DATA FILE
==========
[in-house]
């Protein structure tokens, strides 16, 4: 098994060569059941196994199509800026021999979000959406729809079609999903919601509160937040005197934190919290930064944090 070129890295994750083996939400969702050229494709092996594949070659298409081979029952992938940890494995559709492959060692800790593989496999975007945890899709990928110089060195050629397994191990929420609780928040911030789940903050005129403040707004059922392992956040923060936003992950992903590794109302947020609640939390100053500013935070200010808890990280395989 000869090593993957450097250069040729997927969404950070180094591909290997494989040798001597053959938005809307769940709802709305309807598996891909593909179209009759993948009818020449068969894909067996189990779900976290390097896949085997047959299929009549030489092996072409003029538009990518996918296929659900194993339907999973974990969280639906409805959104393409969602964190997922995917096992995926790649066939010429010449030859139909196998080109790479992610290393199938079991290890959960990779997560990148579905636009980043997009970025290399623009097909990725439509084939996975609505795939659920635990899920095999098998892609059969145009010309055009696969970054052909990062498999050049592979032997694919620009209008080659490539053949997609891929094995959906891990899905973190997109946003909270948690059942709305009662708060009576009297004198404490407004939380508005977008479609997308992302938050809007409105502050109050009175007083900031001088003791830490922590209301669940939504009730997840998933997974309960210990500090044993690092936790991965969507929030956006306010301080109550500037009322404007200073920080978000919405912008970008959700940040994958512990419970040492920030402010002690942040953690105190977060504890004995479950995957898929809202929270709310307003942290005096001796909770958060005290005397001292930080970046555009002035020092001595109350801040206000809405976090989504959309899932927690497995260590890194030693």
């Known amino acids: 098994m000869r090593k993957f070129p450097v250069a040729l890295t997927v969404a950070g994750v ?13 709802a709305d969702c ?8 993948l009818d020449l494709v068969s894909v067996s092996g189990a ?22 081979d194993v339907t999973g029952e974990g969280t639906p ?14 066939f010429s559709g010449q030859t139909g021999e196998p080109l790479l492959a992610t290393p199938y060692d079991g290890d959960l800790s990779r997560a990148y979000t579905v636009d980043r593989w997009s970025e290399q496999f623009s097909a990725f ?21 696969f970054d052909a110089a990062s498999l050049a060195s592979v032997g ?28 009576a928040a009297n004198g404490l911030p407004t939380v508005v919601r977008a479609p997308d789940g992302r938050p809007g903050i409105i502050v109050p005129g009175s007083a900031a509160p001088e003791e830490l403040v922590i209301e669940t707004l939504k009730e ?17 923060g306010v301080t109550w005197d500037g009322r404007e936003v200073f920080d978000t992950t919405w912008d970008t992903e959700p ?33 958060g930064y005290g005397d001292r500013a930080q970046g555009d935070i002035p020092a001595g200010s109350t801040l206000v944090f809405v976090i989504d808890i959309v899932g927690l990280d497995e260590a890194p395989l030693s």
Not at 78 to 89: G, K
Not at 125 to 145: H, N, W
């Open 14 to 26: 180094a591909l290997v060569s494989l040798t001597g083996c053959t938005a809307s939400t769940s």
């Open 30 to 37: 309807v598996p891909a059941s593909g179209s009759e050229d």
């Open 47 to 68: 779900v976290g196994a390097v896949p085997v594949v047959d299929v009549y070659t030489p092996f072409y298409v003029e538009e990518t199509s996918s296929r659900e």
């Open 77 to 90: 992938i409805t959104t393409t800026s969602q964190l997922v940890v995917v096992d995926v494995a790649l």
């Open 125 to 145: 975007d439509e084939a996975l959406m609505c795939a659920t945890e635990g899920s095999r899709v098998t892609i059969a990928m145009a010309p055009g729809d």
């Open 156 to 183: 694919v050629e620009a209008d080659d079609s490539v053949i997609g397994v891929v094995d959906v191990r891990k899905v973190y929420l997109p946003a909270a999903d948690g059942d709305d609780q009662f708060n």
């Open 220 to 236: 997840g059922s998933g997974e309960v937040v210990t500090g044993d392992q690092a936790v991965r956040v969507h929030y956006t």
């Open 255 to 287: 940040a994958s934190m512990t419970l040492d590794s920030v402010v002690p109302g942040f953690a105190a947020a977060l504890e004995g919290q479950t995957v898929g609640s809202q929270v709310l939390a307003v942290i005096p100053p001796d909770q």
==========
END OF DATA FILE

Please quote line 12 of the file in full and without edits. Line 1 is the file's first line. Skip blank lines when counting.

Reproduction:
């Open 220 to 236: 997840g059922s998933g997974e309960v937040v210990t500090g044993d392992q690092a936790v991965r956040v969507h929030y956006t």